Why do people often fail contract law?

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Koizora1234
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#1
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#1
Why do people fail contract law? I see many people in different posts and also in my university have mentioned that they have failed contract.

I am in my first year of university, and contract is my second favourite (criminal is my first) I find it good, besides remembering all the cases, it is 30% cw so I do stress that I will fail the exam, as I do much better in cw than exams, mostly because when I type my mind sets free, also I am a deep thinker when I type. In exams, is different, stress because of the timing which is not flexible, only 2 hours, then I fail ahaha.

Anyways, what is hard about contract law? How do I pass it?
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JessicaLucy09
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#2
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#2
There is a lot more to remember for contract law, there are loads more cases to remember.

With criminal law everything can sort of tie in together where as there are many more things to learn with contract law.

Good luck
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Forum User
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#3
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#3
At most universities it is extremely rare for someone to actually fail a module.

However, noticed you're studying at BPP and they do have a quite remarkable amount of fails in some modules, it was the same when I was there too. I don't really know why that is, the BPP contract law exam is totally standard, and the marking is not particularly harsh. I think it is because a lot of students there are not actually used to doing any work at all, and go into the exam knowing basically nothing. They have low A-level grades and don't realise that they need to take a step up from that to do well at degree level - even outside the 'top' universities.

If you do the work, keep up with the seminars and tutorials and contribute in class you cannot possibly fail that exam. From my own experience I can tell you that it is perfectly possible to get a First (I got 78 in the contract exam).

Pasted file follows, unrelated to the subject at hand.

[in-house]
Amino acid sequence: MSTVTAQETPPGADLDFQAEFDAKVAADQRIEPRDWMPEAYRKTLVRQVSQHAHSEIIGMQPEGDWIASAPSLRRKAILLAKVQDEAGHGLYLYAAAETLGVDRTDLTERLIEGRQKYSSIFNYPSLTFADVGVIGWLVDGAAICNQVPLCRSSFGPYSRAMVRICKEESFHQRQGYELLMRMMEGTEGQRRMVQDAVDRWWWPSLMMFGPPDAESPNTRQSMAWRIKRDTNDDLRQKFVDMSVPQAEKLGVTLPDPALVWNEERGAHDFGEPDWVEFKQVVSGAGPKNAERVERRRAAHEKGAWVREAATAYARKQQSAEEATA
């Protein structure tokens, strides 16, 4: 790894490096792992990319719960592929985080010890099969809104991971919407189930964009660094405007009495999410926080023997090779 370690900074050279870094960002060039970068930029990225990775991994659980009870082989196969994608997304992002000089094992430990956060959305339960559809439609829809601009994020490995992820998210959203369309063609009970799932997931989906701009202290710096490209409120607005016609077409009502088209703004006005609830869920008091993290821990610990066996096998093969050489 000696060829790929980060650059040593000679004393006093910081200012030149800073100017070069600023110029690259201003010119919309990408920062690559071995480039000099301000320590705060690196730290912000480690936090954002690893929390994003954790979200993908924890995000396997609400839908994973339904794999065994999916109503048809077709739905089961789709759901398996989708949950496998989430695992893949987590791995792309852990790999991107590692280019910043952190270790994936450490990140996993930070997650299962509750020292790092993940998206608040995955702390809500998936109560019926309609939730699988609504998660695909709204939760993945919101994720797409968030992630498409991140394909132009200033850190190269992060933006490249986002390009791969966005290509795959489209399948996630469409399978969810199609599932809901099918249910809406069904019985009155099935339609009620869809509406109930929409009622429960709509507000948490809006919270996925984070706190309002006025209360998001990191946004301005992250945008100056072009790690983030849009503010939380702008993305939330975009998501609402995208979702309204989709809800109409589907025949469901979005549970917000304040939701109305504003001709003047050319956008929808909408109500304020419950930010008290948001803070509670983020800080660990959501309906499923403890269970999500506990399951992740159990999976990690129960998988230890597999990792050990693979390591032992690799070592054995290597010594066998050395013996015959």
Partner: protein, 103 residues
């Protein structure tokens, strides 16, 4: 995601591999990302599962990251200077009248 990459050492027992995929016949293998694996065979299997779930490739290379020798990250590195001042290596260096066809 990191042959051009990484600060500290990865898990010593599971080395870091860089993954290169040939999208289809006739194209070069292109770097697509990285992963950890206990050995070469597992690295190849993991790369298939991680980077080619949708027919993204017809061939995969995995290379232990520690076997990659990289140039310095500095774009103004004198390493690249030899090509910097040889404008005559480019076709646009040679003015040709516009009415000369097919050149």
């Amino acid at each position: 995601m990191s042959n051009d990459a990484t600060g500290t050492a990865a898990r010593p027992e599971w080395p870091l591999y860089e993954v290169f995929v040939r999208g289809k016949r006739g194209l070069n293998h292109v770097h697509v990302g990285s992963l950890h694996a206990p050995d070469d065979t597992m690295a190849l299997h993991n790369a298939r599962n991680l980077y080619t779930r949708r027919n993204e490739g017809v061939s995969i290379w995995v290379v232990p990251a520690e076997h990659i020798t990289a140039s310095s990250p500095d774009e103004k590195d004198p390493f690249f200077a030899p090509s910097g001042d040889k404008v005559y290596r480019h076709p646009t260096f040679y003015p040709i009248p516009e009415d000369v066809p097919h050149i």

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paniking_and_not_revising
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#4
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#4
I failed contract law in my first year. It was by far my worst module although i enjoyed it a lot more than property.

I never really went to lectures though and my tutor was pretty easy going so we just pissed around a lot
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Koizora1234
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#5
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#5
(Original post by Forum User)
At most universities it is extremely rare for someone to actually fail a module.

However, noticed you're studying at BPP and they do have a quite remarkable amount of fails in some modules, it was the same when I was there too. I don't really know why that is, the BPP contract law exam is totally standard, and the marking is not particularly harsh. I think it is because a lot of students there are not actually used to doing any work at all, and go into the exam knowing basically nothing. They have low A-level grades and don't realise that they need to take a step up from that to do well at degree level - even outside the 'top' universities.

If you do the work, keep up with the seminars and tutorials and contribute in class you cannot possibly fail that exam. From my own experience I can tell you that it is perfectly possible to get a First (I got 78 in the contract exam).
Ok, thanks for the advice. How did you get a first in the contract exam? How many hours do you study? Do you remember all the cases from contract?
I am finding it difficult in my 1st year here, regardless of doing the work everyday.
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#6
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#6
(Original post by Koizora1234)